Chandigarh, July 7: Punjab Chief Minister Amarinder Singh released Congress leader Jairam Ramesh's book on the close relationship between former Prime Minister Indira Gandhi and her trusted adviser-- bureaucrat and diplomat P N Haksar.
Titled 'Intertwined Minds: PN Haksar and Indira Gandhi', Singh described the book as a source of great inspiration for the younger generation and admired Ramesh for lucidly bringing out the multi-faceted personality of Haksar.
The chief minister said that he shared personal ties with Haksar owing to his days in the Indian Army under late Commander General Harbaksh Singh and that the book, took him down memory lane to his first meeting with the bureaucrat in London, when Natwar Singh was the High Commissioner there.
It was fascinating to hear him talk as the Bangladesh war, of which Haksar was a key architect, had ended, said the chief minister, adding that their conversation reminded him of his own Army days.
Recalling his warm ties with Haksar, Singh said he was a man of few words but full of action, with whom he had enjoyed his interactions and intellectual exchanges during his younger days.
An admirer of Haksar's interactions with those who mattered then, the chief minister said it was an honour to know him.
The book, he said, brought out the contribution of the great adviser to Indira Gandhi, and his unmatched caliber.
Addressing a gathering at the book release function at the Centre for Research in Rural and Industrial Development (CRRID), Singh appreciated the exhaustive research that had gone into it.
He lauded Ramesh for bringing alive the close relationship between Indira and Haksar with his astute understanding and writing skills.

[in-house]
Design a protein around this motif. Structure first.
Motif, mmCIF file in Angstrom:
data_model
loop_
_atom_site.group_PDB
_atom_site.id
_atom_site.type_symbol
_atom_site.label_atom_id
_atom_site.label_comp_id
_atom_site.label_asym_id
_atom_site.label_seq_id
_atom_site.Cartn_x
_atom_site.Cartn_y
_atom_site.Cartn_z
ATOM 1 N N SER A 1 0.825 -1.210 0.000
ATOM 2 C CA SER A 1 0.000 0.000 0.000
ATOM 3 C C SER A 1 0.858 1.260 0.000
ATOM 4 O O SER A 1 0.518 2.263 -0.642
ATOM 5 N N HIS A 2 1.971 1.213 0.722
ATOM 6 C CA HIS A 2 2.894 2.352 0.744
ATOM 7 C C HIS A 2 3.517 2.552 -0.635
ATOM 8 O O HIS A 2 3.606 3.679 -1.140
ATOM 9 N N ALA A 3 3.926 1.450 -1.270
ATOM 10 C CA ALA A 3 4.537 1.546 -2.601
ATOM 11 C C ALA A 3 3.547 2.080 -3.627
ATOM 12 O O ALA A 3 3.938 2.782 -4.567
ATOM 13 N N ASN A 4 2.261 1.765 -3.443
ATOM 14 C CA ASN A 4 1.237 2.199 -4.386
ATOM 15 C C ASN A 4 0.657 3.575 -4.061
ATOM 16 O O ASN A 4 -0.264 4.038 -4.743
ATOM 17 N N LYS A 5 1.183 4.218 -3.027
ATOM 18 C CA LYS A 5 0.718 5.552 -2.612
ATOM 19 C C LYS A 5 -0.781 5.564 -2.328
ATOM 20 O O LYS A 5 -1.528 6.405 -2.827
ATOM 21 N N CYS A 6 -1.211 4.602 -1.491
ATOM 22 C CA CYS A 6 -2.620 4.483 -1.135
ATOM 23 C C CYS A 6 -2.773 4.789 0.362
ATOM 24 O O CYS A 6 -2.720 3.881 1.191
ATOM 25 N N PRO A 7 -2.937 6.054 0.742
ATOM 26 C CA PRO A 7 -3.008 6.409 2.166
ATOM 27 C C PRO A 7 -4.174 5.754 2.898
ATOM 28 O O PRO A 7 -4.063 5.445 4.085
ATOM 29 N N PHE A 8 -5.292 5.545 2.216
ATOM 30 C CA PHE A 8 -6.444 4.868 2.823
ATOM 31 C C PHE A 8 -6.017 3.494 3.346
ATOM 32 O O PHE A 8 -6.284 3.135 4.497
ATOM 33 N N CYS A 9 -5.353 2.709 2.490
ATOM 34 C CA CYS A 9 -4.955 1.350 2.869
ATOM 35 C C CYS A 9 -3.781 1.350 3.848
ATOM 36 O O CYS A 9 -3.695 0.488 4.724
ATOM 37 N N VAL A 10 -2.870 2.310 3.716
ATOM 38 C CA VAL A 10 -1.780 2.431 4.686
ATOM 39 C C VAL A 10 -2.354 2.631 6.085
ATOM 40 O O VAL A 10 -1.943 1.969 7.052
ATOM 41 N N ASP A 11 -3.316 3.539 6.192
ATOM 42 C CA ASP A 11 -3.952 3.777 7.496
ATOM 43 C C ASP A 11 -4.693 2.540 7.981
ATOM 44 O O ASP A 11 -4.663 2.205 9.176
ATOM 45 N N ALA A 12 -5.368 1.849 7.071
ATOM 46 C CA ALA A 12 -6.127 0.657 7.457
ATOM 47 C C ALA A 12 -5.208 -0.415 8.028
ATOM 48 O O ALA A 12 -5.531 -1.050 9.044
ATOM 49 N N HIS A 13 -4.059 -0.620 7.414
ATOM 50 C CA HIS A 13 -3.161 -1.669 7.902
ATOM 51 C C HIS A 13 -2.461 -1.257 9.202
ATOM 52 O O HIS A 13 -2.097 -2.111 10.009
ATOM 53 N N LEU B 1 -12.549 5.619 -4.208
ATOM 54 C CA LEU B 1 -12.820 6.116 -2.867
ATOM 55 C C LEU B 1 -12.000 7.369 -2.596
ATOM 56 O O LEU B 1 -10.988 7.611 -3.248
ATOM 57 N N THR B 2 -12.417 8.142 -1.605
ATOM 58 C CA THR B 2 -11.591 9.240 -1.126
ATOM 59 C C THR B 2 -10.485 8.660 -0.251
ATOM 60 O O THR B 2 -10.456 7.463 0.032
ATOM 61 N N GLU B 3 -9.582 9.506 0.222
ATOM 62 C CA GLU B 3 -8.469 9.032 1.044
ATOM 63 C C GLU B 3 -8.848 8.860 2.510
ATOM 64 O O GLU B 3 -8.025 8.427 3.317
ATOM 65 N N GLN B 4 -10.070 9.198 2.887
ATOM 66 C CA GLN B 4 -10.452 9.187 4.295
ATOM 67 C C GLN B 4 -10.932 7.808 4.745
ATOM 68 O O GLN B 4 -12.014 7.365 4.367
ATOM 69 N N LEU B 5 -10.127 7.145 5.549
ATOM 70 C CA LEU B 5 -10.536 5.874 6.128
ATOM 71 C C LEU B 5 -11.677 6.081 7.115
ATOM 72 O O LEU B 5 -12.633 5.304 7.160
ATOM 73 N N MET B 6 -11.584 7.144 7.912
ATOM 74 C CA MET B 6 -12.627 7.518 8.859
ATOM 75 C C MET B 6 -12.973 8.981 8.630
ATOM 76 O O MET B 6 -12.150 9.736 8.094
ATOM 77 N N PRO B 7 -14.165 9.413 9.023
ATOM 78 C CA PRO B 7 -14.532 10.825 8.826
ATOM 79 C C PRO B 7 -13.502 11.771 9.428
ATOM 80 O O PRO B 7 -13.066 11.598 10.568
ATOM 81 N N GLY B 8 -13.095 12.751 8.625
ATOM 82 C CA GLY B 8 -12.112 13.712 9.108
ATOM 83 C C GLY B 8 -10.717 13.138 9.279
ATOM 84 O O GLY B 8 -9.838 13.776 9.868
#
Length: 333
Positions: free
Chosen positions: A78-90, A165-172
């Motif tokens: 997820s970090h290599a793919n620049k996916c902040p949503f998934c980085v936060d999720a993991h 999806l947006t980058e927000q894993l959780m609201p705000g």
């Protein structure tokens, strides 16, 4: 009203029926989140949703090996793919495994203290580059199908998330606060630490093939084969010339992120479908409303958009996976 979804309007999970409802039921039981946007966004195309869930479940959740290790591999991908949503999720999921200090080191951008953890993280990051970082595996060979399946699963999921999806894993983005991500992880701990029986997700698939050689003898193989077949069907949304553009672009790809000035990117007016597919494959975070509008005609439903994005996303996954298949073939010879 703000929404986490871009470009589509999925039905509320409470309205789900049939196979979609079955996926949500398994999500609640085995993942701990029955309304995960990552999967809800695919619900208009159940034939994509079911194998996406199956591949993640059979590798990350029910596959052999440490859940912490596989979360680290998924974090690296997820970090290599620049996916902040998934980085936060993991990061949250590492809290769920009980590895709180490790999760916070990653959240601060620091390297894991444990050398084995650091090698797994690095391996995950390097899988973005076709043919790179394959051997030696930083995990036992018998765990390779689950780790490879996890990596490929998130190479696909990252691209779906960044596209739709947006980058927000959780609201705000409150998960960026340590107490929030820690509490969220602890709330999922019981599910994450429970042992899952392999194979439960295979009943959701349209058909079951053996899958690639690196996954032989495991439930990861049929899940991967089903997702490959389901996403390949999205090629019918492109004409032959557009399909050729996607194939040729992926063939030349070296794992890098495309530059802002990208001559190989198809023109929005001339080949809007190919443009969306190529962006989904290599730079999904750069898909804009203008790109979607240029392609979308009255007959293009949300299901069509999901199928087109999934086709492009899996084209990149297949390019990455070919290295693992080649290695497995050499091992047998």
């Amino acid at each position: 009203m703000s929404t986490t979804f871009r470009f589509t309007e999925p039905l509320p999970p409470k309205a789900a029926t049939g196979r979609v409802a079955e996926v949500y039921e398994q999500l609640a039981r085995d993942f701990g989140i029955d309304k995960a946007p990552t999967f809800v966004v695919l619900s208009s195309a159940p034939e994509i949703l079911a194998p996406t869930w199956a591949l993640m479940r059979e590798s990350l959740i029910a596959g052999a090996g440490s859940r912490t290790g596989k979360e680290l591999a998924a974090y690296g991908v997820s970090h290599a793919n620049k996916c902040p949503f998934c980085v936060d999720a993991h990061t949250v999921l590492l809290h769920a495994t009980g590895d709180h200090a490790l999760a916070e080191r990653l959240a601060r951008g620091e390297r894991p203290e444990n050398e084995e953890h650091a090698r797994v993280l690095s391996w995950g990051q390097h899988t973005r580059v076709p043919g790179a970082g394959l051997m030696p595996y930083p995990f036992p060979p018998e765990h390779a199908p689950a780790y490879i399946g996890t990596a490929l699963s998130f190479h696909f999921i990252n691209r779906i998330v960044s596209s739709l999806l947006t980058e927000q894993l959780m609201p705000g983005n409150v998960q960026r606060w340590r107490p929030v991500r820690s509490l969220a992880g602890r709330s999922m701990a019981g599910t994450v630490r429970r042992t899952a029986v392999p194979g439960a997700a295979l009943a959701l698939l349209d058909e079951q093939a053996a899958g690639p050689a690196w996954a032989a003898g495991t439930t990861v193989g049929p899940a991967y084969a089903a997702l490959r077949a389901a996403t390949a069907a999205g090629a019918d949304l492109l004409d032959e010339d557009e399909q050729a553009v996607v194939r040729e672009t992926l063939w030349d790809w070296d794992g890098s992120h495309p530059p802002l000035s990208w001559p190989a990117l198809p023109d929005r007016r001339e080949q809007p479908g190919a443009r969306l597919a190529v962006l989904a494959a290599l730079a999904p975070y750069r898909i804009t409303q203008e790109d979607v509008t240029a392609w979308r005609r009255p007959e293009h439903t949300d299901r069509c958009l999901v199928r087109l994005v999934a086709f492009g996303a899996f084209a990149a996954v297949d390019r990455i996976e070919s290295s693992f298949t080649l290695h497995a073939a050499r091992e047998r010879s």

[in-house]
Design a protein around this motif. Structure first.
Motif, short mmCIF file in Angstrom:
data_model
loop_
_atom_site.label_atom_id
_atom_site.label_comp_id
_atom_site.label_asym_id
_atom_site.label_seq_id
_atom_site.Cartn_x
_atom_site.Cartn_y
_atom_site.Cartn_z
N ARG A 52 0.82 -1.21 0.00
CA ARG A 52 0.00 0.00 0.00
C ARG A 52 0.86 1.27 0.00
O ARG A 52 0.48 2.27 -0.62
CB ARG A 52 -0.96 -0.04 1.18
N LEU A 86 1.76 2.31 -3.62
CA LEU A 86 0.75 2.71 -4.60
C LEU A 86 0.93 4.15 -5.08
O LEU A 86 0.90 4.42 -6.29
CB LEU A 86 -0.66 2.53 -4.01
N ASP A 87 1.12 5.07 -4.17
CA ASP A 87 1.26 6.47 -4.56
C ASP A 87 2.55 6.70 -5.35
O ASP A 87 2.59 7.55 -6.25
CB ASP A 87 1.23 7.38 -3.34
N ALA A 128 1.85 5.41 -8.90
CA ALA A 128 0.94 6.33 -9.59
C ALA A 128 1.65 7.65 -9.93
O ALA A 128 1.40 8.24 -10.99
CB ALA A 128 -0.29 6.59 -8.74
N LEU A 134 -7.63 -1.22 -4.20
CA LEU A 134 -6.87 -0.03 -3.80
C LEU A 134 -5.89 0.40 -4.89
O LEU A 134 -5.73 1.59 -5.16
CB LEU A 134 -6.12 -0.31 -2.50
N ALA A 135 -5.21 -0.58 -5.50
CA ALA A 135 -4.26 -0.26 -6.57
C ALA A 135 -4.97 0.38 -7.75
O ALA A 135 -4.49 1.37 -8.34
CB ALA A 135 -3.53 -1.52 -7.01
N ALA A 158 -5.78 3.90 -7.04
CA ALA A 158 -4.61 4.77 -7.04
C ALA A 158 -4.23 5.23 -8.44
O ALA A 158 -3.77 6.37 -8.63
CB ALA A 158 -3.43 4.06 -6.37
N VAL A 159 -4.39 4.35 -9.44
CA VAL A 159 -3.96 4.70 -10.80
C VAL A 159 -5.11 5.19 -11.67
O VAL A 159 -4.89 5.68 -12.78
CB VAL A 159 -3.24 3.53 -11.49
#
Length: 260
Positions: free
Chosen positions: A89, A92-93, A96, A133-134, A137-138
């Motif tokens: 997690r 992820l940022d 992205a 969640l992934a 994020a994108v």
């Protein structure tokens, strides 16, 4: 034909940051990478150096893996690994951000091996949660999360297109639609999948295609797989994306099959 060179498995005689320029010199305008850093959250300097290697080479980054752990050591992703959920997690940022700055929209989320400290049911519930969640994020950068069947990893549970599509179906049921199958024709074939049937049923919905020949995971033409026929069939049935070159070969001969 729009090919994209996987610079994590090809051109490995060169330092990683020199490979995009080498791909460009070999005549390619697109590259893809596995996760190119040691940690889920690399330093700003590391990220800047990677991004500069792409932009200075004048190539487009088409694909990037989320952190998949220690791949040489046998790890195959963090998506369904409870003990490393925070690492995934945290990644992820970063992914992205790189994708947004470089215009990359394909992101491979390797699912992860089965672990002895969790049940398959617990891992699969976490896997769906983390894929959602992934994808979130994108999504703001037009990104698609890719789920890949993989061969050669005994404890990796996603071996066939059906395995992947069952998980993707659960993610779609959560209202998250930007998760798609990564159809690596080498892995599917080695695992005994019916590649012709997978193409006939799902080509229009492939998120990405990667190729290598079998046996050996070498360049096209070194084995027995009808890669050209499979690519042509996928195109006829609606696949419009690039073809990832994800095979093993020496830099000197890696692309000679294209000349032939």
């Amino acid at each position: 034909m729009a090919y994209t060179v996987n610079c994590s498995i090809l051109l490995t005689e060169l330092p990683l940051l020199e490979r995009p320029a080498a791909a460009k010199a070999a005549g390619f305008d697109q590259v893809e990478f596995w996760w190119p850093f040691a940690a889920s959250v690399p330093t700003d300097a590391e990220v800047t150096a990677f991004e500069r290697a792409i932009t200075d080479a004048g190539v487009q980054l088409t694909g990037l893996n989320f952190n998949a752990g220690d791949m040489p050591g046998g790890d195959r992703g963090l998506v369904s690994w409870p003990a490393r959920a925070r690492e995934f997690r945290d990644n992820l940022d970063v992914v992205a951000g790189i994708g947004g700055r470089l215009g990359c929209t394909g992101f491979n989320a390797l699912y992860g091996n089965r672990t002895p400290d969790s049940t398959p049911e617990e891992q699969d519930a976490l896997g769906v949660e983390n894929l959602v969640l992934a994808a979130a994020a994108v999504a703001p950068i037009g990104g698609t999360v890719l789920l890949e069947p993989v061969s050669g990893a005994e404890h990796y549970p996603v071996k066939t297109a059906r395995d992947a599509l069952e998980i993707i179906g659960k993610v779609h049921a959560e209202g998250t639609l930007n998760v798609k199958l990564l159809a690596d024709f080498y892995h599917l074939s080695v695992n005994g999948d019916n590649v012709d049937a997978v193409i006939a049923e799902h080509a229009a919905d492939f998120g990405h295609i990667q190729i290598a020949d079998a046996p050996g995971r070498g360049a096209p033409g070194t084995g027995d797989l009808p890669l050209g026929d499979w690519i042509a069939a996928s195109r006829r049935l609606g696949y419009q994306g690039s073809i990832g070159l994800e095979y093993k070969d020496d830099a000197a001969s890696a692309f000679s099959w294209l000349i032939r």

Ramesh later said the book was based on primary sources, which included handwritten notes and letters, besides nearly 1500 files running into 40,000 to 50,000 pages.
To write a biography is always a dangerous task but if this is done after proper research, especially by consulting original sources, it adds to the credibility, objectivity and genuineness of the contents, he said.
However, biographies written merely on the basis of secondary sources, memory and oral observations often have an element of subjectivity, which should be discouraged, he added.
The relationship between Indira and Haksar, which was both professional and personal, went back to the 1930s, when the two, along with Feroze Gandhi, stayed together in London, where Haksar would cook for all three, said Ramesh.
He described Haksar as a top bureaucrat and political visionary, who had the courage and conviction to speak the truth to the powers that be, and to be a source of inspiration for the younger generations.
Ramesh hoped the book would help in revisiting Haksar's glorious legacy and contribution to some path breaking reforms like nationalisation of banks, besides guiding the then prime minister on critical military operations, such as the Indo-Pak war of 1971 and the creation of Bangladesh.
Haksar, with his conviction and courage to speak the truth, enjoyed the total confidence of Indira Gandhi, who gave him full powers, said Ramesh.
Without Indira Gandhi, Haksar would not have been born, he existed because of Indira, said Ramesh, describing the bureaucrat as the former PM's 'ideological compass'.